Quebec's first Netflix original film is a survivalist action-thriller set in the Laurentians

It wasn't so long ago that artists in Quebec were wondering whether French-language films would ever see a dime from a $500-million deal between Ottawa and Netflix.

Fast forward three years — Quebec's first Netflix original film has arrived on the streaming platform, following a limited theatrical release.

The film, Jusqu'au Déclin, is a French-language action-thriller filmed near Lac Ouareau, Que., in the Laurentians.

The story follows Antoine, a father who attends a survivalist workshop on an isolated property, run by a mysterious man who prides himself on living off the grid. It's not long, however, before things take a sinister turn.

For lead actor Guillaume Laurin, filming all night for two weeks straight in below freezing temperatures was a dream come true.

Laurin, a co-founder of the film's production company Couronne Nord, wanted to make a movie that highlights Quebec's rugged natural landscape.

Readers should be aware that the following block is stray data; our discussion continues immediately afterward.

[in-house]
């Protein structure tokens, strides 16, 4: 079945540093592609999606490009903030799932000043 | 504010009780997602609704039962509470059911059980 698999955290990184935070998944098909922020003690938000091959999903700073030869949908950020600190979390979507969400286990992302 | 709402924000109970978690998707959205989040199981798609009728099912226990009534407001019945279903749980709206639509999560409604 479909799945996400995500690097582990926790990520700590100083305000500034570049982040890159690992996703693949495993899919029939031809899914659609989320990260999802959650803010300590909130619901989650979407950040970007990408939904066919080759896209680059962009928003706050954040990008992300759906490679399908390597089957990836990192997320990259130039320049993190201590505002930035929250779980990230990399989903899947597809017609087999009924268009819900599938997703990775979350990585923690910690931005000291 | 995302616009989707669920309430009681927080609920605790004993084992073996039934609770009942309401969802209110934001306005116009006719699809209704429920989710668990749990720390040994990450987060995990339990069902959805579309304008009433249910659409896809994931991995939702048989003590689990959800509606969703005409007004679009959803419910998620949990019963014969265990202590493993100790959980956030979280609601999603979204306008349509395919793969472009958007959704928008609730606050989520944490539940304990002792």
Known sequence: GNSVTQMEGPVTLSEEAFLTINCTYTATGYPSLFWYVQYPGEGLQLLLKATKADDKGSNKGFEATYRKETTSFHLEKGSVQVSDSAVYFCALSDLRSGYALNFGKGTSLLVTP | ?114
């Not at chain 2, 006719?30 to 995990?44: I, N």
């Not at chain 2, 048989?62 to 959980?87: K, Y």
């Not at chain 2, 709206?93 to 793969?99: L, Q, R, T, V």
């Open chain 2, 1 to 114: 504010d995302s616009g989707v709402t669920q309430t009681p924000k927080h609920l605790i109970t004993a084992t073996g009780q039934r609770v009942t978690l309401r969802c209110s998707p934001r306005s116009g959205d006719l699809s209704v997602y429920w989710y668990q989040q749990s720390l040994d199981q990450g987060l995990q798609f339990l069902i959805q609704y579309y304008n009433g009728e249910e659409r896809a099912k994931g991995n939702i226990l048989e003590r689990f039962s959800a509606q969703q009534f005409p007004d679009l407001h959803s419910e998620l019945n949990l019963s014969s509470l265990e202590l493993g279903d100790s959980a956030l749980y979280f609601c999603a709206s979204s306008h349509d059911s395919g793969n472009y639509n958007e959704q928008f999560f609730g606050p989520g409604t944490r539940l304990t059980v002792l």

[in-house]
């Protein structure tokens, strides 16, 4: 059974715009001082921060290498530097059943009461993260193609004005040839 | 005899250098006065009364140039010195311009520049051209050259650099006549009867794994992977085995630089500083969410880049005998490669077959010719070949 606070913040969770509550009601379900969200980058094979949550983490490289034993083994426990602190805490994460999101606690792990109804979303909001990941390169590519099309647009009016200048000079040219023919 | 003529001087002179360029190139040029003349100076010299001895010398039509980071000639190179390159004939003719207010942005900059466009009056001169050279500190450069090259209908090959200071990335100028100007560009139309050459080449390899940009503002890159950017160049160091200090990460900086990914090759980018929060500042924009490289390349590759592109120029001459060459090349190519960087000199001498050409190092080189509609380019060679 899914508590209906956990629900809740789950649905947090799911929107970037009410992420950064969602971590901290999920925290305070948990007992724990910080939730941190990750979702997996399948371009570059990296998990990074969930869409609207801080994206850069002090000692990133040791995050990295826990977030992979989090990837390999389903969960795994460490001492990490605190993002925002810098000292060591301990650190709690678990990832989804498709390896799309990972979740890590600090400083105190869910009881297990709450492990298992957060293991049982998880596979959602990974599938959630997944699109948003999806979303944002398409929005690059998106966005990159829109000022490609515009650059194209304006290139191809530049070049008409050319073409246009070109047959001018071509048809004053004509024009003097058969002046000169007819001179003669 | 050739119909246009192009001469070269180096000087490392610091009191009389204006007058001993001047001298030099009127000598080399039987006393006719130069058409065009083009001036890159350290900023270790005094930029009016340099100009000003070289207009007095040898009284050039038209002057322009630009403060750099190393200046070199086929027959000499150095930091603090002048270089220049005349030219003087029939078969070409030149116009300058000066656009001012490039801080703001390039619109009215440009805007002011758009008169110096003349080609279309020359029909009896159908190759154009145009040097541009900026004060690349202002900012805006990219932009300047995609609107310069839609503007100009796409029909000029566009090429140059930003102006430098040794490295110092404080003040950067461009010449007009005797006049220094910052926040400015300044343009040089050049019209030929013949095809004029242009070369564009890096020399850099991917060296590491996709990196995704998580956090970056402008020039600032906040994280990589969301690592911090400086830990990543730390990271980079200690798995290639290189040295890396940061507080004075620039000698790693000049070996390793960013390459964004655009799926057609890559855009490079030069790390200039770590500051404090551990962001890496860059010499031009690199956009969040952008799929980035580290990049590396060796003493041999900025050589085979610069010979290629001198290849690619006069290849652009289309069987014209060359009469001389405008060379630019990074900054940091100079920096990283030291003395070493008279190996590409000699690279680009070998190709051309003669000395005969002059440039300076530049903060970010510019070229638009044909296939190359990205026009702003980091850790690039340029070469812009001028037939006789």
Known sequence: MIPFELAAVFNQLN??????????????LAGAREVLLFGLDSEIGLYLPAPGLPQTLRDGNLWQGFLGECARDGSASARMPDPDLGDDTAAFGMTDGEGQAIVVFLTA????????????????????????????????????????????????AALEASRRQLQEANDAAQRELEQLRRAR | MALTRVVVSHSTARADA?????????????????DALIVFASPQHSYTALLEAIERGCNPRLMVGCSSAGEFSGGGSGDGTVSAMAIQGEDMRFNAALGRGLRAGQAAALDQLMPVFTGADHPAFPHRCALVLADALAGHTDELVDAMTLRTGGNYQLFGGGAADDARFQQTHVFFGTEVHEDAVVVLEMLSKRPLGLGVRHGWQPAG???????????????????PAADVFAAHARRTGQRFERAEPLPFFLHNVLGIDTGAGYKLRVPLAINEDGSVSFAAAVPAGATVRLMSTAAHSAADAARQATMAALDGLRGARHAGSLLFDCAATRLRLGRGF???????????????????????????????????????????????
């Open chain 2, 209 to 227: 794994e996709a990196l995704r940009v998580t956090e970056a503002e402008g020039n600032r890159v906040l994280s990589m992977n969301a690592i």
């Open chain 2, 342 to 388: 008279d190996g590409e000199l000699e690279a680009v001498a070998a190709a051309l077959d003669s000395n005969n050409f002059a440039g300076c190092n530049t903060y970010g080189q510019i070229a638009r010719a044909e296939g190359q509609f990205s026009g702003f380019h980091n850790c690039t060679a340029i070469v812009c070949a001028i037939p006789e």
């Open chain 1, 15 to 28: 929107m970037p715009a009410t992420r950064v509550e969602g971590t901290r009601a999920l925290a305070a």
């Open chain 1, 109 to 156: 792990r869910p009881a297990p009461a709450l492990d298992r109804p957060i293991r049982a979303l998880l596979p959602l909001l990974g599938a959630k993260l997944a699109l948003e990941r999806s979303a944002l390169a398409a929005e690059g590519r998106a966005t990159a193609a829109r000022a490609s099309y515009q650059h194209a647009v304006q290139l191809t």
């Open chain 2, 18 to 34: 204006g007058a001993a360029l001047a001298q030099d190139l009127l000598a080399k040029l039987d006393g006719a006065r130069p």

"We're all from the Laurentians so it really means a lot to us," he said. "We wanted to give that Nordic vibe to an action movie."


Couronne Nord had never made a feature film before, and Laurin was thrilled when online streaming giant Netflix expressed interest in the project.

"We're still in shock," he said. "It's pretty much a dream."

Laurin said the creative team shopped the film's script around to a few companies with no success, before getting the coveted green light from Netflix.

He said it was a great experience getting to develop and tweak the film with a budget of $5 million.

"They gave us a lot of freedom, a lot of liberty," Laurin said.

While the film was done in French, the same actors have recorded a second version of the dialogue for an English dub.

Laurin said it was Netflix's idea to preserve the Quebec French accents in English. Jusqu'au Déclin is available with subtitles in 32 languages.